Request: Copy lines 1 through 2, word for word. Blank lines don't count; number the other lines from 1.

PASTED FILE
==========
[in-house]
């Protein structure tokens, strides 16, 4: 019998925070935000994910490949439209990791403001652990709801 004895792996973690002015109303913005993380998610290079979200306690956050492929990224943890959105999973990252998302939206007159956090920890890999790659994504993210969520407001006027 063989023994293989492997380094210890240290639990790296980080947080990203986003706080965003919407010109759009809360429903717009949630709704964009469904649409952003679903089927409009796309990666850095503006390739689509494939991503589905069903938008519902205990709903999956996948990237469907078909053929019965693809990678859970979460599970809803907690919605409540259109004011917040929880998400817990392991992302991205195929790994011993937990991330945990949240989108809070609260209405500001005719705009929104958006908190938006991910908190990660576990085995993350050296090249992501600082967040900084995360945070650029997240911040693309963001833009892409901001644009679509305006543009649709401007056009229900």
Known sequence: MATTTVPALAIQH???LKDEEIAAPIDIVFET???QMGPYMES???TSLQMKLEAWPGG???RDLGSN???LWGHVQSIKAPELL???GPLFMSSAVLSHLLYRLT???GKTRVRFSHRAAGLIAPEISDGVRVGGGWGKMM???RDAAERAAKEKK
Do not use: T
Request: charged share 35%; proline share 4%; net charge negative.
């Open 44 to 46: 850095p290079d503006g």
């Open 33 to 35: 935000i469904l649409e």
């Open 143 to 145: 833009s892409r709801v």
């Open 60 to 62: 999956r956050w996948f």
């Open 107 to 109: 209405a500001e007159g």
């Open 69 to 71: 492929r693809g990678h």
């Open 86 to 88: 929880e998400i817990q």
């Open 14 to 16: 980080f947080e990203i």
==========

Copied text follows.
[in-house]
């Protein structure tokens, strides 16, 4: 019998925070935000994910490949439209990791403001652990709801 004895792996973690002015109303913005993380998610290079979200306690956050492929990224943890959105999973990252998302939206007159956090920890890999790659994504993210969520407001006027 063989023994293989492997380094210890240290639990790296980080947080990203986003706080965003919407010109759009809360429903717009949630709704964009469904649409952003679903089927409009796309990666850095503006390739689509494939991503589905069903938008519902205990709903999956996948990237469907078909053929019965693809990678859970979460599970809803907690919605409540259109004011917040929880998400817990392991992302991205195929790994011993937990991330945990949240989108809070609260209405500001005719705009929104958006908190938006991910908190990660576990085995993350050296090249992501600082967040900084995360945070650029997240911040693309963001833009892409901001644009679509305006543009649709401007056009229900």